Cassini Finds Likely Subsurface Ocean on Saturn Moon
Data from NASA’s Cassini spacecraft have revealed Saturn’s moon Titan likely harbors a layer of liquid water under its ice shell.
Researchers saw a large amount of squeezing and stretching as the moon orbited Saturn. They deduced that if Titan were composed entirely of stiff rock, the gravitational attraction of Saturn would cause bulges, or solid “tides,” on the moon only 1 meter in height. Spacecraft data show Saturn creates solid tides approximately 10 meters in height, which suggests Titan is not made entirely of solid rocky material.
An ocean layer does not have to be huge or deep to create these tides. A liquid layer between the external, deformable shell and a solid mantle would enable Titan to bulge and compress as it orbits Saturn [Video]. Because Titan’s surface is mostly made of water ice, which is abundant in moons of the outer solar system, scientists infer Titan’s ocean is likely mostly liquid water.
The presence of a subsurface layer of liquid water at Titan is not itself an indicator for life. Scientists think life is more likely to arise when liquid water is in contact with rock, and these measurements cannot tell whether the ocean bottom is made up of rock or ice. The results have a bigger implication for the mystery of methane replenishment on Titan.
Image: This artist’s concept shows a possible scenario for the internal structure of Titan, as suggested by data from NASA’s Cassini spacecraft. Scientists have been trying to determine what is under Titan’s organic-rich atmosphere and icy crust.
A particularly strong jet stream churns through Saturn’s northern hemisphere in this false-color view from NASA’s Cassini spacecraft. Clouds associated with the jet stream can be seen in the upper right about a third of the way down from the top of this image.
The jet stream clouds appear like a thin, bright orange line here. Moving west and closer to the center of the image, the feature drops south. Farther to the west of this discontinuity, or drop, a blurrier form of the jet stream clouds continues to move along the latitude circle.
The winds of Saturn’s jet streams are zonal, meaning they move eastward or westward at particular latitudes. This jet stream is located at about 42 degrees north latitude, and has been visible on Saturn since the days of NASA’s Voyager spacecraft. In the Voyager days, this jet stream had an undulating appearance, leading scientists to dub it the ribbon wave. The planet’s atmosphere is always changing, and the jet stream now looks nothing like a ribbon.
The images were taken with the Cassini spacecraft wide-angle camera on Jan. 13, 2008 using a combination of spectral filters sensitive to wavelengths of near-infrared light. The view was acquired at a distance of approximately 1.3 million kilometers from Saturn.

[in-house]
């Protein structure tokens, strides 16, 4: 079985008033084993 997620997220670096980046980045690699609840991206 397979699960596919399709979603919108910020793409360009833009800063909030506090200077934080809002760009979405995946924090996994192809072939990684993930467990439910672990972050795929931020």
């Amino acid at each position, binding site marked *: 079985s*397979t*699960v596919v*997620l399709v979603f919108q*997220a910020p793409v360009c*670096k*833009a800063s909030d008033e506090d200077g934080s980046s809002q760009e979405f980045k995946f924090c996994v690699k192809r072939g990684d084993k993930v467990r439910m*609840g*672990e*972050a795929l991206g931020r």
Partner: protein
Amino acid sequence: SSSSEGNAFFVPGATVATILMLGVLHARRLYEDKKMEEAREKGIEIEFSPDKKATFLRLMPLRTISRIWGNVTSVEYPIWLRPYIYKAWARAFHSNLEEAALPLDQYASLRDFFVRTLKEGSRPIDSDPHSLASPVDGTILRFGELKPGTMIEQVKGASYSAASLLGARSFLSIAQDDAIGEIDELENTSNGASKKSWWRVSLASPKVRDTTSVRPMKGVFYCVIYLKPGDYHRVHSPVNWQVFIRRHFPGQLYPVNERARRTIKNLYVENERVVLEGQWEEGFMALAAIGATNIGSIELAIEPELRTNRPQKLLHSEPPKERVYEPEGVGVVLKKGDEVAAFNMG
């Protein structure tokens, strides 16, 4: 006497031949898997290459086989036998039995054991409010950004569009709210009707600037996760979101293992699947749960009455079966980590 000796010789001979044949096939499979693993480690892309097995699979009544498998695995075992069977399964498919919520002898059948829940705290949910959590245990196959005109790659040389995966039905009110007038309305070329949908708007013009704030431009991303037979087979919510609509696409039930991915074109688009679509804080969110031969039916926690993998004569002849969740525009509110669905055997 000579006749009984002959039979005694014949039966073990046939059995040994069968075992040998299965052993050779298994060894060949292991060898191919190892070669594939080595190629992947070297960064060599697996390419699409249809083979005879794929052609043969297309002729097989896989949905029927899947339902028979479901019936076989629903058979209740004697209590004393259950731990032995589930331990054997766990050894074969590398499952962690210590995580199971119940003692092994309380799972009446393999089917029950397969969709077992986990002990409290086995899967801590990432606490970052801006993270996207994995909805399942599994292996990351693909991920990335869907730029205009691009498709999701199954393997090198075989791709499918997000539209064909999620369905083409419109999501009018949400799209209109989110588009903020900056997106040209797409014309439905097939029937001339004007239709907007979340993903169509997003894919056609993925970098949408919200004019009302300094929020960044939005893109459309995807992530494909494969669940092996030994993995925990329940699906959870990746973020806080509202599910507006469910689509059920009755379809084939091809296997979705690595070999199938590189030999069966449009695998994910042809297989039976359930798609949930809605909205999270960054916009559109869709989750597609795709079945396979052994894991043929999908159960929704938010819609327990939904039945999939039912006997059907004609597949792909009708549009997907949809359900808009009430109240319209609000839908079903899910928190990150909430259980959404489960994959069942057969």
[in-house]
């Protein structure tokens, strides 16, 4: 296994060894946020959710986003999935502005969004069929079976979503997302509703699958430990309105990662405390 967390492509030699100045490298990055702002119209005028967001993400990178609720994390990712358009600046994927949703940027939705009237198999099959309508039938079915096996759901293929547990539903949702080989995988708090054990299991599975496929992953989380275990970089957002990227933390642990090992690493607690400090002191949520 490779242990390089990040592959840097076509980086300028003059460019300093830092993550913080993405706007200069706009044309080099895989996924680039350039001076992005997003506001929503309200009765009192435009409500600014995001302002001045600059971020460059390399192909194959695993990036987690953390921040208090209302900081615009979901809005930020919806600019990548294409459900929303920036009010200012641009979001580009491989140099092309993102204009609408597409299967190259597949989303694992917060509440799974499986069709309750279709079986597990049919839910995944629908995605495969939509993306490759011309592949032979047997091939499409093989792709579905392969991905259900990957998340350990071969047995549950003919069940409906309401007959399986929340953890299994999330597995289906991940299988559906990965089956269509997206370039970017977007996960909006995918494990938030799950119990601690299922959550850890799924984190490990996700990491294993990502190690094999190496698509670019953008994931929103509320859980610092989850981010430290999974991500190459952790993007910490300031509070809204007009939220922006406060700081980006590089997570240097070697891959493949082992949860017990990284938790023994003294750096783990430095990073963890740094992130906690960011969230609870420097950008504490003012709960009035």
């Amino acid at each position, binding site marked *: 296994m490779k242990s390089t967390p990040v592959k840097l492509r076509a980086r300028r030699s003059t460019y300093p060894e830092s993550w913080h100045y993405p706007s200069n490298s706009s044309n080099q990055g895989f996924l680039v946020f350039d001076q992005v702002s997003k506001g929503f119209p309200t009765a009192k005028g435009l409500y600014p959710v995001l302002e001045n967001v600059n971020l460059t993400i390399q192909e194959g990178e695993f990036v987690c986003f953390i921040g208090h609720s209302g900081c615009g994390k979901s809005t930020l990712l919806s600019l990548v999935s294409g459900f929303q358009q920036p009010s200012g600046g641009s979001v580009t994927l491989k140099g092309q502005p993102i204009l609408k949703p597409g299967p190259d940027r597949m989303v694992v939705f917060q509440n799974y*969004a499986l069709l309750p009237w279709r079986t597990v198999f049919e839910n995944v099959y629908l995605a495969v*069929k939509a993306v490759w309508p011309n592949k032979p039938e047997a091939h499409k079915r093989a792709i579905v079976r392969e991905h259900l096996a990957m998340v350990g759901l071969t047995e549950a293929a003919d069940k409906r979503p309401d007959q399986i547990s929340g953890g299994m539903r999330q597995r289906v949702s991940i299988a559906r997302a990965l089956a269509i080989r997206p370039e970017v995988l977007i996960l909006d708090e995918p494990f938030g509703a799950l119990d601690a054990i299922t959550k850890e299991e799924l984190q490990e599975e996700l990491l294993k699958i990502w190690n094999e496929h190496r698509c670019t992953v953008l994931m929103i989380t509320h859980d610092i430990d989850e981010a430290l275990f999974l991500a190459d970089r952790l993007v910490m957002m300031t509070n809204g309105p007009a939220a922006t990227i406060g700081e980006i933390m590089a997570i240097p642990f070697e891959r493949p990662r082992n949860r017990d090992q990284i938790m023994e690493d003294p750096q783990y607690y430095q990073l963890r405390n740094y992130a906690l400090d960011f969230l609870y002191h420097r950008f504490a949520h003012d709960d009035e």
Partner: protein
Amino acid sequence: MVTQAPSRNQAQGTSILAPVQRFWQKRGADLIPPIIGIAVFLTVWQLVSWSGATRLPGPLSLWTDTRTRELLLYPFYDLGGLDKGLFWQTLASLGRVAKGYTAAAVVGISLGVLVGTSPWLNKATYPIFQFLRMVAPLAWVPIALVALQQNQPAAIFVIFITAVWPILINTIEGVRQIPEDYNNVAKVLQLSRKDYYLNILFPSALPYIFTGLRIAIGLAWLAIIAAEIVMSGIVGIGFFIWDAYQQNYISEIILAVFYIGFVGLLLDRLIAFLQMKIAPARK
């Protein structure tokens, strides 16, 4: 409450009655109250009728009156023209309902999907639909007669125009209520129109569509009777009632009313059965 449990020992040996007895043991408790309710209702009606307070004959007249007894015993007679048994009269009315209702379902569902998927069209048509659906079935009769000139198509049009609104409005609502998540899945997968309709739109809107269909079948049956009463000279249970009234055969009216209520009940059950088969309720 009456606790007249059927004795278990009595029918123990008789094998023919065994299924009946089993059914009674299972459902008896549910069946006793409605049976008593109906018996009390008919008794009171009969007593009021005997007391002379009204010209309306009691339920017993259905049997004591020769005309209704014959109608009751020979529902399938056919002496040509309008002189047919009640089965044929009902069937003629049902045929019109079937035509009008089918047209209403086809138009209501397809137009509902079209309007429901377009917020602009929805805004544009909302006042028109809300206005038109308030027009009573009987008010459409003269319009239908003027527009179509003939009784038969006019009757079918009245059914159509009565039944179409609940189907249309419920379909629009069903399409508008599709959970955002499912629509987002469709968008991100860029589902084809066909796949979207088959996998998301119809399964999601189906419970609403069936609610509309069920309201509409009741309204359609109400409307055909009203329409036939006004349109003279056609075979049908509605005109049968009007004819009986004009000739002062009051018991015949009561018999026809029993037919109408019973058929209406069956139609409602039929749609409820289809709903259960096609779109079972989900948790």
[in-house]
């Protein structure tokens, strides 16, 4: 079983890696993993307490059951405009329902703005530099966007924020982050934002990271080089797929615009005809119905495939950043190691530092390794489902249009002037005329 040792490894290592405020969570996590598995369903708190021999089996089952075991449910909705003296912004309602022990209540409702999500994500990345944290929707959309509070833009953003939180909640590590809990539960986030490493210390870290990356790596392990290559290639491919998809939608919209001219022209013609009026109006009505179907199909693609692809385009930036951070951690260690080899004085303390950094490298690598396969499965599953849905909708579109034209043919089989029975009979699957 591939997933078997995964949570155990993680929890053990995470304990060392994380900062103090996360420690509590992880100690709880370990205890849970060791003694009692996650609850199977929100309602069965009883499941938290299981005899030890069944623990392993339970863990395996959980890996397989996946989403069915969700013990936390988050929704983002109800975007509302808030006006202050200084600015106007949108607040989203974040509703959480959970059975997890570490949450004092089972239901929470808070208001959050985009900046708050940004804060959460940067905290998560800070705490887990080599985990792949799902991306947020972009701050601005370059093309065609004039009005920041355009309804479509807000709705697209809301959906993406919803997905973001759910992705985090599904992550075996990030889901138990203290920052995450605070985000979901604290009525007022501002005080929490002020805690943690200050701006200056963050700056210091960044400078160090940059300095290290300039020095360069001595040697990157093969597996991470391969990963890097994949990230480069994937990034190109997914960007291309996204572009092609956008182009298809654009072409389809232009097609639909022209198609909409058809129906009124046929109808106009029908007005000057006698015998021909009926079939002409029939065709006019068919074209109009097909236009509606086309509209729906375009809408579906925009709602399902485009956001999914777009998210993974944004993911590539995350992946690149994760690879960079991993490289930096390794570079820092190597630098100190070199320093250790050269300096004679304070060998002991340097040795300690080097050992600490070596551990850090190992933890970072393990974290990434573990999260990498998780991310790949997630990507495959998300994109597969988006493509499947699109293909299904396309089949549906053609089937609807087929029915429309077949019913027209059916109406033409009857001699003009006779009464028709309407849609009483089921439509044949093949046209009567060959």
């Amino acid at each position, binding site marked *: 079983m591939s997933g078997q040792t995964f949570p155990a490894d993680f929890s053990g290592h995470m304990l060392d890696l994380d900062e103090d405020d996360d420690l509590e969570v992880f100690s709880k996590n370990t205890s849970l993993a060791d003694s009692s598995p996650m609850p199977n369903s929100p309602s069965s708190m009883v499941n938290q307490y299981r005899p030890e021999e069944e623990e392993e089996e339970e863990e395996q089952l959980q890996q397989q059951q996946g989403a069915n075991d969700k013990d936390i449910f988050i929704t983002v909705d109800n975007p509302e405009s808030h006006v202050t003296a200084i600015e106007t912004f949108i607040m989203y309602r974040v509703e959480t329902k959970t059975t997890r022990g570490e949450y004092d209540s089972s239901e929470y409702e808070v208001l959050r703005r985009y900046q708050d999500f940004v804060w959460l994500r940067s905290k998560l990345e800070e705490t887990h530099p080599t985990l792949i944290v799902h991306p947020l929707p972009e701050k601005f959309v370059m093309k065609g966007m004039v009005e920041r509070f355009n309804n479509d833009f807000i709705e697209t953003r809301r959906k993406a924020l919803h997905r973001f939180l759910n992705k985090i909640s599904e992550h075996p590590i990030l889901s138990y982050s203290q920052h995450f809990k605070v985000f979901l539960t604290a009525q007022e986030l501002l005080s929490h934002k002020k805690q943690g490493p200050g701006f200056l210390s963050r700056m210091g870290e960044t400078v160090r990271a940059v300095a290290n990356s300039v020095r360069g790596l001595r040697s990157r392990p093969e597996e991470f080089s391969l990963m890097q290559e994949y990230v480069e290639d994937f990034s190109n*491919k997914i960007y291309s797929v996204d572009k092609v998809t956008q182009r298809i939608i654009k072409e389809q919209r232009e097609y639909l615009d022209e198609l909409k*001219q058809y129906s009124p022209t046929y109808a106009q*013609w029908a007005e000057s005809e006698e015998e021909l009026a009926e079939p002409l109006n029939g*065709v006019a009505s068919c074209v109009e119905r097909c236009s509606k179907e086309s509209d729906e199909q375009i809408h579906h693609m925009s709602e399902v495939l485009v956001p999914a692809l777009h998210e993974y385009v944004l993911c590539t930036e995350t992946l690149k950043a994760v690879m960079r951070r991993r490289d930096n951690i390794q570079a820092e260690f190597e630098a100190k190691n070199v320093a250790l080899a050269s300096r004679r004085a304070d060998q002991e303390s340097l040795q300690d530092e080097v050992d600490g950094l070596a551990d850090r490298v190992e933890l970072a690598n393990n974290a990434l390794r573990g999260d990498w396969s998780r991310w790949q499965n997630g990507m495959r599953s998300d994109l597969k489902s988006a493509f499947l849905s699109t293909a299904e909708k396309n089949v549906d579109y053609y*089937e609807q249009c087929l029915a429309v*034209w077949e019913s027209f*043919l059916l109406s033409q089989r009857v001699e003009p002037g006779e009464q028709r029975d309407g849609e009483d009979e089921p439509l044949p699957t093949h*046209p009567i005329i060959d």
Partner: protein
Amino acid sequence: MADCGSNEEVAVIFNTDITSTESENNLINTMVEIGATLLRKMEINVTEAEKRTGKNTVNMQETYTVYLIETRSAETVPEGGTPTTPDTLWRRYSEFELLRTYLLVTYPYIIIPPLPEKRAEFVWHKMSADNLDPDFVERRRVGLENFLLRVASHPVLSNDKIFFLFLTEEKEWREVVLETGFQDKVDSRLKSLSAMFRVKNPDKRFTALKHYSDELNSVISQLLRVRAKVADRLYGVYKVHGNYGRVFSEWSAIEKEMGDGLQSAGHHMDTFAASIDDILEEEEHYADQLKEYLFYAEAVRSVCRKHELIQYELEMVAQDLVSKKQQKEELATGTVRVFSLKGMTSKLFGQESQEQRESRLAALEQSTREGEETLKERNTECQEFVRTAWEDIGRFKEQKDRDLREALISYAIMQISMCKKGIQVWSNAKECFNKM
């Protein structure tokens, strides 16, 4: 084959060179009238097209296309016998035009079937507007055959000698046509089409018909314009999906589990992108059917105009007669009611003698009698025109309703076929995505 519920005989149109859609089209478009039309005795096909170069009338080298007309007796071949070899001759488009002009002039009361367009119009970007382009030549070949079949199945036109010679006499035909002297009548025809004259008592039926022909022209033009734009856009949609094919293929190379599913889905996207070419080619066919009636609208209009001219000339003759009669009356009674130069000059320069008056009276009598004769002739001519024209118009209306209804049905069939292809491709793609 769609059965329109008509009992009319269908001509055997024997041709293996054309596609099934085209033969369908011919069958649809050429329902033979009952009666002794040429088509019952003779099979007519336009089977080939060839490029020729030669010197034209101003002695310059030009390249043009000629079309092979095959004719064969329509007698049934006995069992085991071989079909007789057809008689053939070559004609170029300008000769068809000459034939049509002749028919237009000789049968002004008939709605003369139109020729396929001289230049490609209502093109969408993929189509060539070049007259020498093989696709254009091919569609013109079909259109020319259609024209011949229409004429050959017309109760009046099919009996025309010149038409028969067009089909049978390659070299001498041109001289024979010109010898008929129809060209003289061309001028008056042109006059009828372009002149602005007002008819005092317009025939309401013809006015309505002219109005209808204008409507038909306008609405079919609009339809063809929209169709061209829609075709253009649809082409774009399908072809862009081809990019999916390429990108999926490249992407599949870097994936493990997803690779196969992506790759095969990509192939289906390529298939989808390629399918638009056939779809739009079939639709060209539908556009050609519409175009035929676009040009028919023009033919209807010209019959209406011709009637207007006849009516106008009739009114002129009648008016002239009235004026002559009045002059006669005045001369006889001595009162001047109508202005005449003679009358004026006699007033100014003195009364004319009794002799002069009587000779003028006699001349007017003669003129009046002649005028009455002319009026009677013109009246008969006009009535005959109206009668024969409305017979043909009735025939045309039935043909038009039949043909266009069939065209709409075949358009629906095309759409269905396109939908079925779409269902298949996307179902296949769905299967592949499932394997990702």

This scene is to the northwest of the recently named crater Magritte, in Mercury’s south. The image is not map projected; the larger crater actually sits to the north of the two smaller ones. The shadowing helps define the striking “Mickey Mouse” resemblance, created by the accumulation of craters over Mercury’s long geologic history.
This image was acquired as part of MDIS’s high-incidence-angle base map, a major mapping activity in MESSENGER’s extended mission. High incidence angles, achieved when the Sun is near the horizon, result in long shadows that accentuate the small-scale topography of geologic features.
While astronomers around the world looked to the skies last week to witness Venus move across the face of the Sun, ESA’s Venus Express took measurements of the transiting planet from its unique viewpoint.
Venus Express is currently the only spacecraft orbiting Venus, but of course could not tell that the 5–6 June transit was occurring from its location. Instead, it watched the Sun setting through the planet’s thick atmosphere towards the end of the transit as seen from Earth, a technique used to reveal the concentration of different gas molecules at different altitudes.
The movie tracks cloud motions in the planet’s thick atmosphere on 1 June, initially looking at the southern hemisphere. As the spacecraft moves closer, cloud structures are seen around the planet’s equator, before moving to high latitudes by the end of the sequence.
On 19 June 2011, ESA’s Mars Express pointed its high-resolution stereo camera at the Arabia Terra region of Mars, imaging two craters. Danielson crater is seen to the right (north) in the first image, it is the larger crater, roughly 60 km across. Kalocsa crater lies in the centre of the first image and is smaller, about 33 km in diameter.